How can customers ensure that parallel power supplies have the same current delivery?

There are two types of current share circuits: active and passive. Active current share relies on a feedback signal wire, interconnect wire or bus to connect all of the power supplies. Once connected, each unit can adjust its output voltage to balance the load current. However, if the signal has a low potential, excess electrical noise and spikes can cause interference and disrupt the balance. To solve this issue, simply shorten and shield the wire length.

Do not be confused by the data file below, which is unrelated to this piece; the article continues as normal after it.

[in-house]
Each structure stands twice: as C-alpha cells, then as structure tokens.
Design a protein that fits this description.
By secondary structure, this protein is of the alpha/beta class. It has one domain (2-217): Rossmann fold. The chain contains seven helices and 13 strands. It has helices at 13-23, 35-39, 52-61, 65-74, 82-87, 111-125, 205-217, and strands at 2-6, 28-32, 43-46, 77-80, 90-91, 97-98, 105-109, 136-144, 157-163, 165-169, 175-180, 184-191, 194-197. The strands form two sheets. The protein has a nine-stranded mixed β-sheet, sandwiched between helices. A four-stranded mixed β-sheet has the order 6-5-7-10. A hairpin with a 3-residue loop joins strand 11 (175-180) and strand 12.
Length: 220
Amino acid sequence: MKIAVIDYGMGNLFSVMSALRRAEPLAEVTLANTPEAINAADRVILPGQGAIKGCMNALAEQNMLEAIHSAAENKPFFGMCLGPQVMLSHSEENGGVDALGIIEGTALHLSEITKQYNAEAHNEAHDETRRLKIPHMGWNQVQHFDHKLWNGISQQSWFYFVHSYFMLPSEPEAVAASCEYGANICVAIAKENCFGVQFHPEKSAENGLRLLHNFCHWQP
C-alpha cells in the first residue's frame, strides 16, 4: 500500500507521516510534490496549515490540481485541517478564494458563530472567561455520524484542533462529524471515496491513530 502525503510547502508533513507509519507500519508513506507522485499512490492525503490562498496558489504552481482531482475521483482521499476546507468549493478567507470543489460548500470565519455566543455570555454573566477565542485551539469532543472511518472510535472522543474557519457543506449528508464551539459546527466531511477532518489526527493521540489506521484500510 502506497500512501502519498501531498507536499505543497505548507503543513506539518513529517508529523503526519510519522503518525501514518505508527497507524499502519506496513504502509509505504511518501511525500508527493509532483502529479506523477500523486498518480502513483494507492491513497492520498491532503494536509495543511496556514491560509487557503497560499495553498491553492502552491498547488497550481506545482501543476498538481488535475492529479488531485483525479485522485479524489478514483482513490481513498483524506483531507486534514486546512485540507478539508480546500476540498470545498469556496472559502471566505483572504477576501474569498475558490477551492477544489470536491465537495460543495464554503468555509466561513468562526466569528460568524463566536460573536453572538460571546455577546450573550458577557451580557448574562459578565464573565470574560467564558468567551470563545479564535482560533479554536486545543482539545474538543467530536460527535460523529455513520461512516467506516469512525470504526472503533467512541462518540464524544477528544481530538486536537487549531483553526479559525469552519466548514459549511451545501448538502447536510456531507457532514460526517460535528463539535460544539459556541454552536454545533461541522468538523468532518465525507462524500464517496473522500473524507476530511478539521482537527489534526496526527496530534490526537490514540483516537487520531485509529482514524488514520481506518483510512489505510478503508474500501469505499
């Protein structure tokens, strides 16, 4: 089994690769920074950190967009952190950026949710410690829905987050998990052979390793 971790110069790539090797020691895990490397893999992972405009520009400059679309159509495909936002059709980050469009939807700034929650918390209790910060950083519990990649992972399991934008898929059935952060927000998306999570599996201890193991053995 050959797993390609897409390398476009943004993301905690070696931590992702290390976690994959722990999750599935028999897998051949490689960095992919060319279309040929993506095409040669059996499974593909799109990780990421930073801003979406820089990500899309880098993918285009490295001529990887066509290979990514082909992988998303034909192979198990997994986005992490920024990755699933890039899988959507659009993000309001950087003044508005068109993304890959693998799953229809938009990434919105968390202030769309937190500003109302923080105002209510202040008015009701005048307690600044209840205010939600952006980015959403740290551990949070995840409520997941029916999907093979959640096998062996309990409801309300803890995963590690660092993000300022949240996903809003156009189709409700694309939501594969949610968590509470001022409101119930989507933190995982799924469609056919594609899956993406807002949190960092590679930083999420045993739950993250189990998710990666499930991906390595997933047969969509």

Passive sharing via output droop is very common in DIN rail mount power supplies. In this current share configuration, an internal circuit reduces the output voltage as more current is drawn from the power supply. This action automatically shares the load between the parallel power supplies, but the load regulation is slightly degraded compared to the active current share configuration. However, that is not a concern for most factory automation equipment.

Some redundancy modules, like the TDK-Lambda DRM40, have a current balance indicator option that allows users to individually adjust the outputs of the two parallel power supplies until equal output current is confirmed by an LED indicator.

What are some of the most common problems or concerns people have with parallel power supplies? Where can one find more information or get help with design-in?